Strategically Blogging

GE Plans to Stop CFL Business

02/01/2016

Since the bans on inefficient light bulbs have been happening around the globe (including in the US starting in 2012), it has made sense that lighting manufacturers have been slowing down on the production of incandescent and halogen bulbs – the least efficient types of bulbs. CFLs were the replacement bulb of choice across many markets, with LEDs making a slow start due to much higher prices. Now, however, we’re beginning to see the shift away from CFLs as well. 

The 2016 Smart Lighting Market

Shonika Vijay 01/27/2016

The hype of the connected lighting or smart lighting or networked lighting or even IoT of lighting has spread throughout the lighting industry as well as the network and technology companies. Nontraditional lighting companies such as SAP, Google, Cisco, Apple, and Microsoft are targeting the lighting landscape through network infrastructure familiar to them and are also partnering with existing lighting players such as Acuity, Philips, Osram and etc. who are familiar with the end-users and regulatory demands of the market.

In the Year of Light, Lasers Started To Really Shine

Allen Nogee 01/19/2016

As everyone is aware, Strategies Unlimited is the leader in both laser research and LED lighting research, and rarely do the applications of these two widely different light “sources” usually overlap. Lasers can be used for illumination tasks such as semiconductor inspection where a laser illuminates a semiconductor wafer when one looks for defects, but when it comes to general illumination of white light used by us humans for vision, this task almost has always been the domain of LEDs, or at least it has until very recently.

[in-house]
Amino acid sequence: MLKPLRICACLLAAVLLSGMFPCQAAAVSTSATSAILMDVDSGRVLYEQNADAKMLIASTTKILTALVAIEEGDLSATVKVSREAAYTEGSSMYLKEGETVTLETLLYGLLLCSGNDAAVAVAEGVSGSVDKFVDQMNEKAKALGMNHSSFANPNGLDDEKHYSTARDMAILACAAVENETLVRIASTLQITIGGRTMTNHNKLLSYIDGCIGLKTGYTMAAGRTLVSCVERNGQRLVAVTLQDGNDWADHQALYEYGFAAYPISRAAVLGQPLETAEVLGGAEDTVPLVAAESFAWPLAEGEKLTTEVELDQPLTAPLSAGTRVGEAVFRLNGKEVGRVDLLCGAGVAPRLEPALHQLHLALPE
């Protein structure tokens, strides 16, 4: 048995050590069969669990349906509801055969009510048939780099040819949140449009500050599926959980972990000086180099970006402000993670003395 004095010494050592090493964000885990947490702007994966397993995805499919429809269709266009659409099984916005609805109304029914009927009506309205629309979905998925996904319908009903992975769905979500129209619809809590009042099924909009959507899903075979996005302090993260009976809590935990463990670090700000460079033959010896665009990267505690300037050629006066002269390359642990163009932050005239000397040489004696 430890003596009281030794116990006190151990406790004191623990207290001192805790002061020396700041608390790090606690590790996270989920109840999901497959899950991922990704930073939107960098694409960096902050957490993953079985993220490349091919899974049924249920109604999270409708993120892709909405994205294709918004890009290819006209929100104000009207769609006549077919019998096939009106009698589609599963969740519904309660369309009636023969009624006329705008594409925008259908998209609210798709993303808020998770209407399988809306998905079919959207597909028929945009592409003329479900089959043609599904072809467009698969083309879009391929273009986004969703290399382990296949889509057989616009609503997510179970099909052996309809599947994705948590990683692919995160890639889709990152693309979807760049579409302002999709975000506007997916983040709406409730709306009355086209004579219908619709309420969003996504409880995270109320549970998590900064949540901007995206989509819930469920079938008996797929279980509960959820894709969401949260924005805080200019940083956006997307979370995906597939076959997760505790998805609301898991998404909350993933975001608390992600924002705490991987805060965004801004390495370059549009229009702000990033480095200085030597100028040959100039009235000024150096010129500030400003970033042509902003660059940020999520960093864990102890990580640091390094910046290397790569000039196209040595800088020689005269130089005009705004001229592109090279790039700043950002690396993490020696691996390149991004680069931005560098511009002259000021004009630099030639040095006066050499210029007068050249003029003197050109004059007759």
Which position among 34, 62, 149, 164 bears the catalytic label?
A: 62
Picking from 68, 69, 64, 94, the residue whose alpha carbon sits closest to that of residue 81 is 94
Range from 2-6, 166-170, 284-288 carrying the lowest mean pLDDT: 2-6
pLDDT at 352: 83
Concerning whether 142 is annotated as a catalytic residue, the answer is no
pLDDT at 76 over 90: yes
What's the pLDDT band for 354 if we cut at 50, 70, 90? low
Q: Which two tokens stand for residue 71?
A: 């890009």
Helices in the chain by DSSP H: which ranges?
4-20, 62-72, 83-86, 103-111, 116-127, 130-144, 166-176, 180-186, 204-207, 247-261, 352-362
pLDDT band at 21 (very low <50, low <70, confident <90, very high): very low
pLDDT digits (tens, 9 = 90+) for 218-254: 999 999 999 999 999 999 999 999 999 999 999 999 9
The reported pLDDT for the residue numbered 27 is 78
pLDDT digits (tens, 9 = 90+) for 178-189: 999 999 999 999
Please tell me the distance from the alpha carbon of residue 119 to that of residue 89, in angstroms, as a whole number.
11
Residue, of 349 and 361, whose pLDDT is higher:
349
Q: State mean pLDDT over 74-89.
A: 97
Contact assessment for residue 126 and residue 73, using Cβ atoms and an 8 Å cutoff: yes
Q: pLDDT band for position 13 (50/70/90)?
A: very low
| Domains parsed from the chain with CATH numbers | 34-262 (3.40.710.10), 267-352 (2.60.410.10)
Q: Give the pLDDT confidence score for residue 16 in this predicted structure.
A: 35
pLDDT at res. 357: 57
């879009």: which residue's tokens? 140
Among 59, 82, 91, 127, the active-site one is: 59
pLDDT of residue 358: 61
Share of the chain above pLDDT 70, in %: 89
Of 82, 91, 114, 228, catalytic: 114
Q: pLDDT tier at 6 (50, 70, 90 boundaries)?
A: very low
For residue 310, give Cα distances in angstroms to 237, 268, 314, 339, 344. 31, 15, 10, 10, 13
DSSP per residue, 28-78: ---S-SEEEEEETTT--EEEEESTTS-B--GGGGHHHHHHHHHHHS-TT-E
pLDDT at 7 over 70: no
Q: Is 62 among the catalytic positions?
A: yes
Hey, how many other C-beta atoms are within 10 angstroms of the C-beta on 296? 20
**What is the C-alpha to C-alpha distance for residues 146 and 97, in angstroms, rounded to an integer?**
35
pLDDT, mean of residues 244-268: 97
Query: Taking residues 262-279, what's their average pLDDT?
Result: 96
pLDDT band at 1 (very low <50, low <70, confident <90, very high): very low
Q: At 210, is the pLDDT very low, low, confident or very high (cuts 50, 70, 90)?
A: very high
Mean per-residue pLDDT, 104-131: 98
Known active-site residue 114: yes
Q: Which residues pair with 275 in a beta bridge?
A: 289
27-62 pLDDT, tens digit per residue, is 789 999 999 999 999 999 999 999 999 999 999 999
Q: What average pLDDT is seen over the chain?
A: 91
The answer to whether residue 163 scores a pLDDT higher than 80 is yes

Laser Outlook For 2016

Allen Nogee 12/16/2015

There is some fair debate going on now as to whether our worldwide economy is on an upswing or a downswing. But does this really matter to the laser market?  

When Economic Justification of Connected Lighting Becomes Difficult

Shonika Vijay 12/08/2015

Making decisions to change the lighting system of a business are currently conducted by evaluating the listed economic metrics and then deciding if the business will reap tangible benefits for implementing the changes... While connected lighting has been proven to add tangible benefits such as reduced energy consumption there are other nontangible benefits that may be onerous to prove through current economic parameters. 

Why Net Neutrality is above your job grade

By Tom Hausken
As a supplier in the photonics or telecom food chain, should you care about the landmark decision this week over the FCC vs. Comcast ? In short, no. It’s above your job grade. Here’s why.

Much is made about this kind of thing at the carrier level, since it impacts how they do their business. And what the carriers do—who wins and who loses—impacts the optical equipment vendors. And that passes on to the component vendors, who win or lose depending on their customers . So far, that’s all true.

But these kinds of decisions are really for policy wonks and legal nerds. I know, because I’m a recovering wonk myself. I once worked on telecom policy for Congress.

It’s not that technologists are above policy issues, or have nothing to contribute. Technologists are notoriously aloof in policy debates, but badly needed.

Rather, the neutrality debate is irrelevant to the optical networking community because it’s mostly decoupled from the day to day business of the network. There are so many other factors that are also very important. Think of the 50 states and the District of Columbia. Each has a regulatory agency. There are municipal agencies. Federal courts. The FCC. Congress. European countries. The European Commission. Japan. China. India. And a hundred other countries. Think of Google, iPhones, Facebook, Youtube. Think of refrigerators with IP addresses. (Then again, let’s leave that out.)

While policies get worked out, traffic just keeps on going up and up. And no one really has a good grasp just exactly how fast the traffic is growing, much less how much it will grow in the future. And even when big policy decisions are made, the consequences take years to work out. There will be more appeals, reactions by competitors, possibly legislation.

It’s important to take an interest in Net Neutrality as a citizen. It’s about whether you think broadband service should be a regulated utility, or if it should be a competitive service. And yes, the consequences do trickle down to the equipment and component vendors. But the ones who stand to gain the most from these debates? Lawyers and government affairs officers (also known as lobbyists). That’s a certainty.

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